After a week in California with family, I am taking some time to reflect on the state of my health and life as the calendar inches closer to my 30th birthday. Health Update 1 from July can be read here.
It Started With Nightmares
In January, I started prolonged exposure treatment for PTSD with a Psychologist who specializes in pain psychology and post traumatic stress disorder. Since my diagnosis, I’ve written a lot about my journey through PTSD treatment and why I write about PTSD. Prior to diagnosis, I was experiencing migraines, flashbacks, nightmares, and panic attacks on a daily basis.
Prolonged exposure therapy involves remembering and re-experiencing the traumatic event, as opposed to avoiding them. My treatment plan: in-depth trauma writing, talking about the trauma to my doctor, and getting to know the mind-body connection (somatic experiencing) of PTSD. The mind-body connection is something I knew about, but I didn’t really know.
The mind, body, spirit, and emotions are connected to each other. The stress of emotional and traumatic events affects the central nervous system and can cause changes in the body… which is how PTSD happens (at least I think it is… I am not a doctor).
During an “exposure session” with my doctor, I would recall the events of the trauma in detail. My doctor would make a note of how my body language changed: my hands behind my back; my posture slouched; I would stop breathing.
At home, I would have panic attacks after journaling, my wrist heavy and cramped from writing pages of my hands being held behind my back while I was violated. Sometimes I would have panic attacks or dissociative episodes in my doctor’s office, my head spinning in a whirlwind of blues and flickering yellow incandescent lighting, unsure of whether or not I was in the past or the present.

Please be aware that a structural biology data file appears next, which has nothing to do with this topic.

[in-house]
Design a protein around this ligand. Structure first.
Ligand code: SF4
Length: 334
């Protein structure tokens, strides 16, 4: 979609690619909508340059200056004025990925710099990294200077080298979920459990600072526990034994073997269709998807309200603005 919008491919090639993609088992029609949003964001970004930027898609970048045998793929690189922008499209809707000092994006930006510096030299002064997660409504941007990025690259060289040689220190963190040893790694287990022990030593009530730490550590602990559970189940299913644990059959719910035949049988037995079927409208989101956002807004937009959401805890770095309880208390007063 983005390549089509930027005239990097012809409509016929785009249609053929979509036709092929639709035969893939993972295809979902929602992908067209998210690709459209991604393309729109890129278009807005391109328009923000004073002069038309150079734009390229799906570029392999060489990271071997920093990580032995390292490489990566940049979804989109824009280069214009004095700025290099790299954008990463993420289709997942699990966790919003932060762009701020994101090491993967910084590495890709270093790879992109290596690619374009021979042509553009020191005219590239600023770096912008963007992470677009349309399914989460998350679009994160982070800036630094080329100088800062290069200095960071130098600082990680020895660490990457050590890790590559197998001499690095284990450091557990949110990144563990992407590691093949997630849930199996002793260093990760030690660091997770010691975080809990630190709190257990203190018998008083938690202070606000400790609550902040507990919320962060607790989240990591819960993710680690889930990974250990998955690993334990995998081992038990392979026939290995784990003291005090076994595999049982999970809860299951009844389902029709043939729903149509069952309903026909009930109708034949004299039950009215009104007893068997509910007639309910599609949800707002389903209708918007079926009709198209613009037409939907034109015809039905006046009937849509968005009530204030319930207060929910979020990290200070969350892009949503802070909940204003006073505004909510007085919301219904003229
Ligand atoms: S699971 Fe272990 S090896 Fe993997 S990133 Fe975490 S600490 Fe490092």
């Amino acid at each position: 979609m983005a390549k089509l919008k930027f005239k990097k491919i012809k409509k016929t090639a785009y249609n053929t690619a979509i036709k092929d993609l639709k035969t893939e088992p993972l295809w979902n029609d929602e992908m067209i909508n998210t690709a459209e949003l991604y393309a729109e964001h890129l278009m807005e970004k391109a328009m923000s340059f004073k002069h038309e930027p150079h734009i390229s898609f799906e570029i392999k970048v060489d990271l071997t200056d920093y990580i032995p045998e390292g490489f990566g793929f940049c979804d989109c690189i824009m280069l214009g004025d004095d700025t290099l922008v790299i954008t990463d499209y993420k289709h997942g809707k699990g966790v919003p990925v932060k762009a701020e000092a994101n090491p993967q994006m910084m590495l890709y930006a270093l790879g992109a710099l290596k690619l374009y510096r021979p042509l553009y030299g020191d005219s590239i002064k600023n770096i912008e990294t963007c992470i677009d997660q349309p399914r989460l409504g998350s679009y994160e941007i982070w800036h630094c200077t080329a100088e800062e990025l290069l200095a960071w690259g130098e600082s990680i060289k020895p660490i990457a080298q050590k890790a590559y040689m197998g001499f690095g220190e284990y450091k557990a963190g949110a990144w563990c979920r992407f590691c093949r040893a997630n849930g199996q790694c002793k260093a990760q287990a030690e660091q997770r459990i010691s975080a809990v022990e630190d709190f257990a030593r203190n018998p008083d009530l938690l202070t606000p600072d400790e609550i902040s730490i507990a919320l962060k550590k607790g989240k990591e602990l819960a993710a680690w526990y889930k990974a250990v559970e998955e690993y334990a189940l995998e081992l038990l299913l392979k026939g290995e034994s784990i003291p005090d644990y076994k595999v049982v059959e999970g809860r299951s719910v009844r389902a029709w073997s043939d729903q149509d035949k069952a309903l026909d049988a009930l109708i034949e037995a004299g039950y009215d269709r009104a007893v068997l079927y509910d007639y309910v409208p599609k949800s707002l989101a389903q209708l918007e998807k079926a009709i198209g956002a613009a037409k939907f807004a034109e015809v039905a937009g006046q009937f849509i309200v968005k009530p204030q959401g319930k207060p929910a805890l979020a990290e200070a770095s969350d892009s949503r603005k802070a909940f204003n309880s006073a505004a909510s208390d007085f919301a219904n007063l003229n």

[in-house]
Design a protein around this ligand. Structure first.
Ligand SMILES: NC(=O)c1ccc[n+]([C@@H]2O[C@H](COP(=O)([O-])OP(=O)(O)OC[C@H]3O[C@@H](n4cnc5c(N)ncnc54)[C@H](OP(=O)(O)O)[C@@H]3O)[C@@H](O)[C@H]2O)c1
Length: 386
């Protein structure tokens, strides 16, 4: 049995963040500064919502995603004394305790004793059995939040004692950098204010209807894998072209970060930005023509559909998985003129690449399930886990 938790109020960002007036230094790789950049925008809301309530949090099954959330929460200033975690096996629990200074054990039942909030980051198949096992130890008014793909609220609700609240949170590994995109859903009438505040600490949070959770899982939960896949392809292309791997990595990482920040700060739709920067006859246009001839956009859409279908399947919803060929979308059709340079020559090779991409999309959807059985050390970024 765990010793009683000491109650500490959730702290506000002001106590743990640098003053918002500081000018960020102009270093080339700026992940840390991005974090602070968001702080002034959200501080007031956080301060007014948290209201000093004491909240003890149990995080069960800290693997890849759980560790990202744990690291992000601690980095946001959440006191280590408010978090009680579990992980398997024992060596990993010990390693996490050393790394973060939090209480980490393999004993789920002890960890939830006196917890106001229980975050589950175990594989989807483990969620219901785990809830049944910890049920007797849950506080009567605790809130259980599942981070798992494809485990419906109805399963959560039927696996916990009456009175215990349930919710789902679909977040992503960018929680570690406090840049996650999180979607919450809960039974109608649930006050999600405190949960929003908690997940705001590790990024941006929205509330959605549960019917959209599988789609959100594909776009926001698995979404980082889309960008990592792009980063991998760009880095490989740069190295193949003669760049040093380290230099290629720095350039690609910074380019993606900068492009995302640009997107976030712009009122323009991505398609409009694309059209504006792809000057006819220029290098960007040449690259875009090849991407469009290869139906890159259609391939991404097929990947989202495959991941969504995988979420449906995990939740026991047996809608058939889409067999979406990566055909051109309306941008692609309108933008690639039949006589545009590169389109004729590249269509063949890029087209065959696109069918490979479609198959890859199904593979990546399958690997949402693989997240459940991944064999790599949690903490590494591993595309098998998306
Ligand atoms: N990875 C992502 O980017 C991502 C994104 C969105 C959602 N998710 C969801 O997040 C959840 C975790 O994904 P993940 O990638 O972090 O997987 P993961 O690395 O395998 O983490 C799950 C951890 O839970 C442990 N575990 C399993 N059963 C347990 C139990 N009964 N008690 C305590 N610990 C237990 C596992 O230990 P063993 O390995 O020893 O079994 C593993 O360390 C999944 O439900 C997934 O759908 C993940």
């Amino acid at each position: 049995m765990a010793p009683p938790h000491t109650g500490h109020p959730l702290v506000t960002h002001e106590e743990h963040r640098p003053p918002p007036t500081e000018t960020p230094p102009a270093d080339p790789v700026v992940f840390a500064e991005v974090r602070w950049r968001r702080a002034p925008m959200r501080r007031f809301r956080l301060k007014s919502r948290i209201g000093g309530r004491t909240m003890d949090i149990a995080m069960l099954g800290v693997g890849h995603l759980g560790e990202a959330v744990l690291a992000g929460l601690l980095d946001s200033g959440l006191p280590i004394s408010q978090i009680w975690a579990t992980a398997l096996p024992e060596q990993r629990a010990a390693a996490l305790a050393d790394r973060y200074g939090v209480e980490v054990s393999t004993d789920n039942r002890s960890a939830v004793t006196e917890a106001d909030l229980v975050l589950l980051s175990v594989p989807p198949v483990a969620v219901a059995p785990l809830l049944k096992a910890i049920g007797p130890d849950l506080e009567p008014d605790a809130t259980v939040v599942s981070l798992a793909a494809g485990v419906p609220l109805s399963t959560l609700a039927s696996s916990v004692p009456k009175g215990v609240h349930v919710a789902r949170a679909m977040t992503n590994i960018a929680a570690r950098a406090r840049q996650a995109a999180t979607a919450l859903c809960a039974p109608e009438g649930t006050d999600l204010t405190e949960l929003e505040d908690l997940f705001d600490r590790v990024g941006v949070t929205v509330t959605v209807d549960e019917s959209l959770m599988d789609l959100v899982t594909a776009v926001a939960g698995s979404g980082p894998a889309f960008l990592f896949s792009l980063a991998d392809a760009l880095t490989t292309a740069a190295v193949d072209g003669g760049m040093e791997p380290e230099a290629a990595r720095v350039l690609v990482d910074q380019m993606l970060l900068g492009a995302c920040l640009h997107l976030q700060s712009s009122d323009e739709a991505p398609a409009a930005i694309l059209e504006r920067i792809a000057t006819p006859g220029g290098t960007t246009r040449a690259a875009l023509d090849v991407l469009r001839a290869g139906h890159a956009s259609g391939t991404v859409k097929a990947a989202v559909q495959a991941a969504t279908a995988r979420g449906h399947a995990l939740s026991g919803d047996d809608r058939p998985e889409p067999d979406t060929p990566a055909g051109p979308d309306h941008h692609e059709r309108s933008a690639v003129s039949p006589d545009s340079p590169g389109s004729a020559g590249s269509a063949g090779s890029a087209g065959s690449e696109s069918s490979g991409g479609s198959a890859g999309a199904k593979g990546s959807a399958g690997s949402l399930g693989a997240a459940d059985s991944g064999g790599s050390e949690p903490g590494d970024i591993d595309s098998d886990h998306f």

Like most things in life, it was really hard at first, but then it got easier. I got better at noticing the subtle physical cues that my body was giving me: full-body chills or trembling, a buzzing-itching-tickle feeling on the top of my skull, my breathing changing, my vision adjusting. These were my body’s fight-or-flight response controlled by my autonomic nervous system: an increase in heart rate, blood pressure, and breathing rate.
The goal of prolonged exposure treatment is to be exposed to triggers (like the memory of his gun going off at my feet) as just a thought, and to be able to move on unfazed.
A few months in to our every-two-week sessions, the prolonged exposure was working and I was having little-to-no physical responses. I was ready… or so I thought. But my body had other plans.
I was diagnosed with Crohn’s disease in July. Since then, I’ve been undergoing treatment under the care of a variety of gastrointestinal doctors through Kaiser Permanente of Washington. By the time I had received my diagnosis, the disease spread to two areas of my large intestine and into my small bowel. I also had chronic bronchitis, which my doctor thinks is related to Crohn’s symptoms.
I was immediately put on 40mg of Prednisone to reduce inflammation, a steroid, which made me feel like a combination of ‘The Old Me’, ‘The Happier Me’, and ‘The Me That Wants To Do Stuff’. Prednisone can cause feelings of intense euphoria and manic behavior, but I wanted to soak in that feeling as much as I could. In the light of day, I rearranged four closets in my house, finished a few larger projects, and spent time meeting friends for coffee. In this time, I’ve socialized more with new friends than I have in the last year.
Except I couldn’t eat. The Crohn’s disease had spread to the point of causing me excruciating abdominal pain while my body digests food. At night, I couldn’t sleep (steroids do that to you). I would lay bed in pain, unable to concentrate on writing, editing photos, or reading.